Isaac and India both had their parent-teacher conferences this week, but because I stayed home with them Tuesday and Wednesday as they were sick, Salomé had to attend both meetings solo in the evening. While I’ve met both of their primary teachers, she’d only spoken with them over the phone and via email, so it worked out okay, especially since she has the insider’s take on what questions to ask beyond “how are they doing?” Both reports were good, with Isaac’s teacher raving over his writing, in particular, while India, after some early difficulties, has adapted very well to her new setting.
When it comes to writing, Isaac tends to work slowly but in a level of detail that far surpasses his classmates. His teacher had previously mentioned that he was the best writer in the class, which we took in stride, but she showed Salomé some of his classwork that we never get to see to prove it and it’s true. While most of them are on the level of “My house is red.” and “I am 7 years old.”, he is a natural storyteller who is big on detail and elaboration. It’s the way he talks, too, which can be maddening sometimes because he talks CONSTANTLY, often rambly and hesitantly, as his ideas are sometimes bigger than he can properly express, but he tries nevertheless… apparently similar to how I talk when I’ve had too much to drink! Needless to say, Isaac as a writer is a very pleasing thought, even with the realization that, like Salomé’s father realized when we got engaged, that he’ll likely never be well off financially. 🙂
When India started at her new school, going from a class of 6 kids to one of 25 — with a 1:2 mix of special ed and general ed — we were a little worried about how she’d adjust and whether or not it was too big a leap forward for her. My gut told me that it was better to find that out in kindergarten and have to take a step back later in the year than to ease her along slowly only to realize we’d held her back, and so far, so good. She’s made some amazing cognitive and behaviorial leaps in the past, but watching her breeze through homework assignments while actually enjoying them has been more than I expected so soon. She still has problems with transitions, and is apparently a perfectionist when it comes to completing in-class assignments that brings that problem to the fore, but the overall assessment is that she’s coming along just fine academically and has been adopted by the class and various teachers as the baby of the group.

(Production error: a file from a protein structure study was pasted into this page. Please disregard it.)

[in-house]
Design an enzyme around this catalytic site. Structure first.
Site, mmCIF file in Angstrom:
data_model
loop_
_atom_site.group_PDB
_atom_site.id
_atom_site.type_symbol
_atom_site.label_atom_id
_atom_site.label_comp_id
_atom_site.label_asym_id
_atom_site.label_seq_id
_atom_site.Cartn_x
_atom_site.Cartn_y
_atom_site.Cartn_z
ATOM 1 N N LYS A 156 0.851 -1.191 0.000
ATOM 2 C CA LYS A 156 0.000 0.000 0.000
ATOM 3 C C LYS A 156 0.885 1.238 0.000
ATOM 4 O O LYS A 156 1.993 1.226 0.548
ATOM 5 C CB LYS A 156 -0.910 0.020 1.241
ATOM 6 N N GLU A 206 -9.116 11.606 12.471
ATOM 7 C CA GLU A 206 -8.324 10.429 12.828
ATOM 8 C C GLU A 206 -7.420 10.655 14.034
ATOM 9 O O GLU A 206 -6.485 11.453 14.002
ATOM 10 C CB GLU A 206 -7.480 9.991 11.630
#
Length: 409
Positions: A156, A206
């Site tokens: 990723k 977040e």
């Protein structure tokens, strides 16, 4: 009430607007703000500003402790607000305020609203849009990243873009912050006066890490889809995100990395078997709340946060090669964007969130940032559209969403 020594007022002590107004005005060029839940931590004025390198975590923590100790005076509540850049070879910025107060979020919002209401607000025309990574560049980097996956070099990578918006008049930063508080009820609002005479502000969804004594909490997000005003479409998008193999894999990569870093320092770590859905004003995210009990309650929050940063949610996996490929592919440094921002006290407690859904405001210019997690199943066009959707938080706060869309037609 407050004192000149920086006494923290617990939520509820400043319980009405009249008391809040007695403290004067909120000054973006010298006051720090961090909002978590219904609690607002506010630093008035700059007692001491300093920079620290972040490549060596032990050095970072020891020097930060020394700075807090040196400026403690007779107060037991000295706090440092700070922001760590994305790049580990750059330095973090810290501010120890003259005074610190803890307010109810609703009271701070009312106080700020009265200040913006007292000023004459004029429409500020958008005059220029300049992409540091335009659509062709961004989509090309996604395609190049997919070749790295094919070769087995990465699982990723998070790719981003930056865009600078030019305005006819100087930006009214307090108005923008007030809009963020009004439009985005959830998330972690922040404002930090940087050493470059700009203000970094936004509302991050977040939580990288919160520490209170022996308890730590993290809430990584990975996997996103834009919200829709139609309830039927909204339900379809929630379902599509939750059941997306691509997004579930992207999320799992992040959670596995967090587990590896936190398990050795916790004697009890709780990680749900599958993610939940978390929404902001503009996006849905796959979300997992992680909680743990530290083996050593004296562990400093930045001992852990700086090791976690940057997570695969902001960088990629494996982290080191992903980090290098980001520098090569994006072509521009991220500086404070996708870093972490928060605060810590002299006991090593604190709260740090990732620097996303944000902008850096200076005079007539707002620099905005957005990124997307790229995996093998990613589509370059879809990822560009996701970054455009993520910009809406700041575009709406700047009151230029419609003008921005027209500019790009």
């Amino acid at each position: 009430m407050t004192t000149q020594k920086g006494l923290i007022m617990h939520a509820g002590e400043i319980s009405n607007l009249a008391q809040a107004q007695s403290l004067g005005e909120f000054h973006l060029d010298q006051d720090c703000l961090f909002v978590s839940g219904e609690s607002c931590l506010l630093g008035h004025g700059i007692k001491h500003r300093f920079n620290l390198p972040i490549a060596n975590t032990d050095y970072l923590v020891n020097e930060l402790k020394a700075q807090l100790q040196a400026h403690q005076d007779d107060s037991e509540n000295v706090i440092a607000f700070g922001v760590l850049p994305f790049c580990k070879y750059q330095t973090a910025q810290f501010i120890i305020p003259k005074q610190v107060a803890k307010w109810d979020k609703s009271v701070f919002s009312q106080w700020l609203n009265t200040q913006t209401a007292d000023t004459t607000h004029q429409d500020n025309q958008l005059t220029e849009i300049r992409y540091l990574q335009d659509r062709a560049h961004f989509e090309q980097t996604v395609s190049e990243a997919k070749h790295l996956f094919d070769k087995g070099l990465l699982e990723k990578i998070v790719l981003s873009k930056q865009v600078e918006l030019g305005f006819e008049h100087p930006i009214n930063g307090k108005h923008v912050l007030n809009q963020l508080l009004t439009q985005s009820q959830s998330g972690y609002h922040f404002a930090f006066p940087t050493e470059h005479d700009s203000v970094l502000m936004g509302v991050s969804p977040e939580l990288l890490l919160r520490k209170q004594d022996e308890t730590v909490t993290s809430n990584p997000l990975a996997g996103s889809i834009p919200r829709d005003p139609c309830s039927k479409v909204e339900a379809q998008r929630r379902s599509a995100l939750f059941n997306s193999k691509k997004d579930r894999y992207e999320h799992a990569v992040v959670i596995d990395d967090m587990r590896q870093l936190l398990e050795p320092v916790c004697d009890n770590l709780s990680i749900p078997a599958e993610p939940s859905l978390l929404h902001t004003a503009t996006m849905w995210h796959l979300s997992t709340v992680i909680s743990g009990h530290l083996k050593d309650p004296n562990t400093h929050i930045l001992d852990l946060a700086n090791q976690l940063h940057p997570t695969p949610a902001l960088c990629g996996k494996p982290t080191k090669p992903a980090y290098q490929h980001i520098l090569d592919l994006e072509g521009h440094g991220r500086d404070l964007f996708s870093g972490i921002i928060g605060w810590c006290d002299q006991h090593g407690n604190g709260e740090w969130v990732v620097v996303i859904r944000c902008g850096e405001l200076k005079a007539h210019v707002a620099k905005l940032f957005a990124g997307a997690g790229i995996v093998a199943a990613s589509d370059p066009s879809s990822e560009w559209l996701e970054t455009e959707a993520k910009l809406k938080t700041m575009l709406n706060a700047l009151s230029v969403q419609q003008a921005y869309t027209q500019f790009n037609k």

In other kid news, we’ve been watching Transformers pretty much non-stop since Isaac got the DVD for his birthday — surprisingly, Salomé loved it, actually rushing me off the phone one night because “Bumblebee just lost his legs. I have to go!” — and there’s nothing funnier than hearing the two of them recite a bit from Anthony Anderson’s over-the-top interrogation scene: “Don’t talk to me, criminal!” Funny, that is, until it’s India and she’s saying it in response to being reprimanded for something. Then it’s turn around and quickly walk away to the bathroom before you explode laughing funny!